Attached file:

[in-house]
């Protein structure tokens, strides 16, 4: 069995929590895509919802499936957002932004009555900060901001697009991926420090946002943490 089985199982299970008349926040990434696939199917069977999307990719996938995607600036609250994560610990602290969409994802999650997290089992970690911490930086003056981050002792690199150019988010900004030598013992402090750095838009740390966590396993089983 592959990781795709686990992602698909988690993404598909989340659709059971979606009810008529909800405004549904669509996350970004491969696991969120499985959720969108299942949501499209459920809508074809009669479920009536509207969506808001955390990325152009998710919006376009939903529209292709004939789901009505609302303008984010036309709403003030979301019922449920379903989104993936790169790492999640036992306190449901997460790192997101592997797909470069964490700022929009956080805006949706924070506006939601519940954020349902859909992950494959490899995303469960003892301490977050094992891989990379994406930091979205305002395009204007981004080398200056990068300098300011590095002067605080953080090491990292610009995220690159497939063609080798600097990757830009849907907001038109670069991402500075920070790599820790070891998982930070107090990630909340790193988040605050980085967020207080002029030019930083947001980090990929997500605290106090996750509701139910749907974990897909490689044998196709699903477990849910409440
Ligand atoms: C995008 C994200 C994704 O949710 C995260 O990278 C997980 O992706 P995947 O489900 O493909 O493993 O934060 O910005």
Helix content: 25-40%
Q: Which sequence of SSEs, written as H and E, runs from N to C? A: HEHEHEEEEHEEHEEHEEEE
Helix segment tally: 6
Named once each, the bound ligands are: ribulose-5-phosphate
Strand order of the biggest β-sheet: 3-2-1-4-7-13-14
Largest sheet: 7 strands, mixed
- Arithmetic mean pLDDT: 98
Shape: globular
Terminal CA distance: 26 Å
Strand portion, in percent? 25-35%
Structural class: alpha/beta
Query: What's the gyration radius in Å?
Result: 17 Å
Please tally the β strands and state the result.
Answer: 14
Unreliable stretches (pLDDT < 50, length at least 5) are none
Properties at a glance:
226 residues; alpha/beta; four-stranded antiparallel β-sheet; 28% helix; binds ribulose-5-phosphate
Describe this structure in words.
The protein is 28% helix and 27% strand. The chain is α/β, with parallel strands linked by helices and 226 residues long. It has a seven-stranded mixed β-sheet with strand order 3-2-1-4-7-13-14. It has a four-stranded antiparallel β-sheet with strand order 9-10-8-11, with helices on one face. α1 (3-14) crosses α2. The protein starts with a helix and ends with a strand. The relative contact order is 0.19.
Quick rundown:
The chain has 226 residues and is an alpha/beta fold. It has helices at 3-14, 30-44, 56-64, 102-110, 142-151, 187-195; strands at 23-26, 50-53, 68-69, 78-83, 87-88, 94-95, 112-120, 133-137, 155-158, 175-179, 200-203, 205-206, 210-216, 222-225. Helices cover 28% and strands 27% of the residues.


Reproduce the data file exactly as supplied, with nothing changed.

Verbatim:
[in-house]
């Protein structure tokens, strides 16, 4: 069995929590895509919802499936957002932004009555900060901001697009991926420090946002943490 089985199982299970008349926040990434696939199917069977999307990719996938995607600036609250994560610990602290969409994802999650997290089992970690911490930086003056981050002792690199150019988010900004030598013992402090750095838009740390966590396993089983 592959990781795709686990992602698909988690993404598909989340659709059971979606009810008529909800405004549904669509996350970004491969696991969120499985959720969108299942949501499209459920809508074809009669479920009536509207969506808001955390990325152009998710919006376009939903529209292709004939789901009505609302303008984010036309709403003030979301019922449920379903989104993936790169790492999640036992306190449901997460790192997101592997797909470069964490700022929009956080805006949706924070506006939601519940954020349902859909992950494959490899995303469960003892301490977050094992891989990379994406930091979205305002395009204007981004080398200056990068300098300011590095002067605080953080090491990292610009995220690159497939063609080798600097990757830009849907907001038109670069991402500075920070790599820790070891998982930070107090990630909340790193988040605050980085967020207080002029030019930083947001980090990929997500605290106090996750509701139910749907974990897909490689044998196709699903477990849910409440
Ligand atoms: C995008 C994200 C994704 O949710 C995260 O990278 C997980 O992706 P995947 O489900 O493909 O493993 O934060 O910005």
Helix content: 25-40%
Q: Which sequence of SSEs, written as H and E, runs from N to C? A: HEHEHEEEEHEEHEEHEEEE
Helix segment tally: 6
Named once each, the bound ligands are: ribulose-5-phosphate
Strand order of the biggest β-sheet: 3-2-1-4-7-13-14
Largest sheet: 7 strands, mixed
- Arithmetic mean pLDDT: 98
Shape: globular
Terminal CA distance: 26 Å
Strand portion, in percent? 25-35%
Structural class: alpha/beta
Query: What's the gyration radius in Å?
Result: 17 Å
Please tally the β strands and state the result.
Answer: 14
Unreliable stretches (pLDDT < 50, length at least 5) are none
Properties at a glance:
226 residues; alpha/beta; four-stranded antiparallel β-sheet; 28% helix; binds ribulose-5-phosphate
Describe this structure in words.
The protein is 28% helix and 27% strand. The chain is α/β, with parallel strands linked by helices and 226 residues long. It has a seven-stranded mixed β-sheet with strand order 3-2-1-4-7-13-14. It has a four-stranded antiparallel β-sheet with strand order 9-10-8-11, with helices on one face. α1 (3-14) crosses α2. The protein starts with a helix and ends with a strand. The relative contact order is 0.19.
Quick rundown:
The chain has 226 residues and is an alpha/beta fold. It has helices at 3-14, 30-44, 56-64, 102-110, 142-151, 187-195; strands at 23-26, 50-53, 68-69, 78-83, 87-88, 94-95, 112-120, 133-137, 155-158, 175-179, 200-203, 205-206, 210-216, 222-225. Helices cover 28% and strands 27% of the residues.